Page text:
who brings her an order from Ben to kill the intruders. She understands exactly where she is supposed to go, because one of the wonders of this Island is the way all these very large and distinctive hatches


keep popping up everywhere. Remember Season One - when Locke walked-about for days on end and all he found was a locked steel door in the ground? Ever since then, hatches have been popping up like bunnies on the Island. This week, we met the Tempest, which is even more elaborate than the last one we saw. It boggles the mind to think what else Locke may have missed. What will turn up next on this island?


In the Tempest Hatch, Daniel and Charlotte were feverishly working, they said, to avert the disastrous defense mechanism that had been built into the Island.


It seems a deadly gas can be released from this hatch, to kill "every living person", and these two wunderkinds were on a mission to render it inert. But why? In the ongoing chess tournament between Ben and the outside world, who won this match? With no toxic gas to worry about, the Island can now be safely invaded. Juliet gambled against Ben this round. Wittingly or not, she lent a helping hand to the boat that we were told is owned by this man.


Why does Widmore want to find the Island? Ben told Locke that perhaps Widmore seeks to put the Island inhabitants on display like freaks at the circus.

Or maybe it's something like David Copperfield's island


with its alleged Fountain of Youth. Is Widmore seeking to exploit the Island's magical healing powers? After all, even the richest man can't buy himself more Time. There is something very precious hidden in the Island's magical vault. Maybe that's what Widmore is after...but it's still entirely unclear. What's also unclear is how the freighter has so much detailed information about the island. It's a cinch that directions to the Tempest Hatch


didn't come from Magnus Hanso's diary. So is it possible that Widmore has a mole on the island?

Nothing is exactly at it seems.


As has worked for him so well in the past, Ben sought to worm his way into Locke's ever malleable mind and reestablish their inevitable alliance.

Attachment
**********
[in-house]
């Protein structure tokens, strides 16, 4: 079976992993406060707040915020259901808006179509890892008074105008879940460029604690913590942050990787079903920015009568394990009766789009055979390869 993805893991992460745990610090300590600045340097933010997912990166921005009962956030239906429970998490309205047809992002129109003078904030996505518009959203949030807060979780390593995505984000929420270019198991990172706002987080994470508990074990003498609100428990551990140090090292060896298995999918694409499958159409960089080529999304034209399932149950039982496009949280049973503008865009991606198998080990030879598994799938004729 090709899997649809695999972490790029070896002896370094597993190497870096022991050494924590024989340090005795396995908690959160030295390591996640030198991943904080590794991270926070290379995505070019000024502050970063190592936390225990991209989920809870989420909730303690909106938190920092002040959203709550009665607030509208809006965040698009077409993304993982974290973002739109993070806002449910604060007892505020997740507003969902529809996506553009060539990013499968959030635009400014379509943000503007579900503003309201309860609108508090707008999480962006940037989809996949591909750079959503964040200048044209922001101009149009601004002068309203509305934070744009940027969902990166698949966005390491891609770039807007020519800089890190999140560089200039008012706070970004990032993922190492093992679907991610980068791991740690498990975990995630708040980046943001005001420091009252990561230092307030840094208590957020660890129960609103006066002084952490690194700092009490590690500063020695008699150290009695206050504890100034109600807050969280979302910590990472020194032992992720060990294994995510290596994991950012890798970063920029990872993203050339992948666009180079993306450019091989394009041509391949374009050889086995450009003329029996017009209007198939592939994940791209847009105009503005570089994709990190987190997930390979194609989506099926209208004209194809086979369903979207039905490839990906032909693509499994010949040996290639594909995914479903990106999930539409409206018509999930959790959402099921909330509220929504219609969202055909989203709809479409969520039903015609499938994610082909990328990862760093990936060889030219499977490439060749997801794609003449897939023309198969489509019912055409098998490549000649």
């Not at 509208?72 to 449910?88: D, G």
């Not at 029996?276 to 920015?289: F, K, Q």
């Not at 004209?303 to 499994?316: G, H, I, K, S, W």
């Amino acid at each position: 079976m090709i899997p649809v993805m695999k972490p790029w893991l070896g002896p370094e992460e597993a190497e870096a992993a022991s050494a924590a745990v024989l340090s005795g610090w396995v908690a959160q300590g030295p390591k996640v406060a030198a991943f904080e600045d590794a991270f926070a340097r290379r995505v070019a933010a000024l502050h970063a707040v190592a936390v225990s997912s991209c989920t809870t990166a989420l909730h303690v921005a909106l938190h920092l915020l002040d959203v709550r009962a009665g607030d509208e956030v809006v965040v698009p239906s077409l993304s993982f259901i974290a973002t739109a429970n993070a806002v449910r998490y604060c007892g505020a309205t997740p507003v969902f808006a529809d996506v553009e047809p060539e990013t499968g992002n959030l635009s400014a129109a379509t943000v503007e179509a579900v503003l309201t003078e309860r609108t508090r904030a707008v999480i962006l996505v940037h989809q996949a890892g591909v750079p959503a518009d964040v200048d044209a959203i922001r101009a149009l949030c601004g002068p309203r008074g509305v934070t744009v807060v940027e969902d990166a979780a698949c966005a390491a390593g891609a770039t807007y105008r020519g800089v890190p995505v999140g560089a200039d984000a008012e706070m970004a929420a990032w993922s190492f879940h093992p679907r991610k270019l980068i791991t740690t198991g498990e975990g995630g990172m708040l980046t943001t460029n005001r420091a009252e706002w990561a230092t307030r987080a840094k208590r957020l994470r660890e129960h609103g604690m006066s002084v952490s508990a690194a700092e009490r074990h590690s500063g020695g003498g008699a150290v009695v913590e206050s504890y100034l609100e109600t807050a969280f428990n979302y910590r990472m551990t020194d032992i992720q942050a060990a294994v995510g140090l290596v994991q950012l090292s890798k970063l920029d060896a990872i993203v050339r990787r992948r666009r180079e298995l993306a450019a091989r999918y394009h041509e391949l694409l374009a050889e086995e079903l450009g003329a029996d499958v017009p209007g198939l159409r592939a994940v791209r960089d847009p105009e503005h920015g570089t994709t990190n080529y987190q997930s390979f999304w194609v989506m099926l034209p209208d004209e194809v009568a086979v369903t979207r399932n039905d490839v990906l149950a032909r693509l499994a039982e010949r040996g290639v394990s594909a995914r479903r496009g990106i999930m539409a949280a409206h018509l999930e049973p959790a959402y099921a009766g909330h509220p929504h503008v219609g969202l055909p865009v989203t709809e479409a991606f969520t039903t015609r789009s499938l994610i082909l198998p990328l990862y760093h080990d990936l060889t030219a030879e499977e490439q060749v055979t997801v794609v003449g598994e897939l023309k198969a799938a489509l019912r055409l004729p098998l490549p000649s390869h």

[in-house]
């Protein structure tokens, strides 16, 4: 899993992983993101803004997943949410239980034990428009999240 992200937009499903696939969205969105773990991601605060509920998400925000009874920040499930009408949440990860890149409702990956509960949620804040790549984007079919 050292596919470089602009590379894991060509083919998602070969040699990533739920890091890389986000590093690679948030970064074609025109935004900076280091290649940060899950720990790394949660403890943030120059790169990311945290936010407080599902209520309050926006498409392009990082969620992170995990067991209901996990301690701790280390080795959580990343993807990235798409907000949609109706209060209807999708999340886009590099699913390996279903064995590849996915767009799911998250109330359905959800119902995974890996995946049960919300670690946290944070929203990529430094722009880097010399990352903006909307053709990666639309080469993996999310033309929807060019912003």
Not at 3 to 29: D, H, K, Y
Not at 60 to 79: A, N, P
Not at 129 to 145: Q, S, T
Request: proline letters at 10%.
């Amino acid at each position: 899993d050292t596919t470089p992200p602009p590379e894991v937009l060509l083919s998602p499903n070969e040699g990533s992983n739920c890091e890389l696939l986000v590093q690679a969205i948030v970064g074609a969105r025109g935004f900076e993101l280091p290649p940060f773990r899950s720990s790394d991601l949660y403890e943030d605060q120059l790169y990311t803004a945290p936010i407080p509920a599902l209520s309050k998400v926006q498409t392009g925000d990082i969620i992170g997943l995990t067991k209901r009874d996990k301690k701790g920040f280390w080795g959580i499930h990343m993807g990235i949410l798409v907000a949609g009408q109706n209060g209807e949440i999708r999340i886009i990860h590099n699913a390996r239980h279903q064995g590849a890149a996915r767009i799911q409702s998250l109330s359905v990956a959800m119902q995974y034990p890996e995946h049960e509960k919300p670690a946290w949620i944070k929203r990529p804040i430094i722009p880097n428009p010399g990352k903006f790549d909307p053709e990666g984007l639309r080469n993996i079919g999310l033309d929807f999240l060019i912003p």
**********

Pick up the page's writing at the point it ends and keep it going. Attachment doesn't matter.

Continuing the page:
Big dummy Locke blindly accepted that there's only one safe behind only one picture.


All it took for Ben to buy his freedom was the sharing of one secret - that Ben's "friend" on the freighter has confirmed that Widmore is the one looking for the Island.

So Widmore funds the freighters. In fact, he could well be The Economist himself. Question still open: Who is funding Ben?


It will be a long time before we get that answer I am guessing. Ben is parsing out the answers very stingily. He's still bartering for towels and sheets.


Wait till he gets to the really big stuff.

Harpy enigmatically told Juliet at one point that she "looked just like her".


Like who? We'd been told before that Juliet looked just like Sarah.


And it's not a total stretch to say she looked a bit like Ben's dead mother.


And there's this unexplained painting on Ben's wall, which certainly resembles Juliet.


A grown up Annie, before whatever tragic event caused her untimely death?

It's really hard to say. A lot of people look like other people. For instance, I've often thought Locke looked kind of like


And in this episode there were a few points where Ben looked for all the world like


When Kate showed up with her new massive hair,


I actually thought for a minute it was


But seriously that stuff was out of control.


She was headed past Rousseau and fast on her way to Rosanadannaland.


Juliet's hair, on the other, hand was taking a different direction.


It seems the longer she stays on the island


the straighter it gets.


I guess Jack must be a Straight Hair kind of guy. Because he made his preferences boldly clear in this episode.

While he wasn't completely dismissive of Kate's head wound,


(I mean, he did stop and at least try to delouse that mat of hair)


he quickly left her in the dust when he realized his Juliet might be headed for danger.

And when they reunited, he told Li'l Sis to am-scray so he and Juliet could have time to themselves.


I have to give credit where credit is due, hard as it may be sometimes. This scene between Jack and Juliet was genuinely romantic and touching. Have we ever seen Jack be so tender?


Like Miranda who asks her Ferdinand "Do you love me?", Juliet laid her feelings on the line. And Jack was so touched he actually manned up and kissed her all by himself! We've never seen him do that before!


Afterwards, the two lovers shared a moment of intimacy and sweetness.


"I am a fool / To weep at what I am glad of."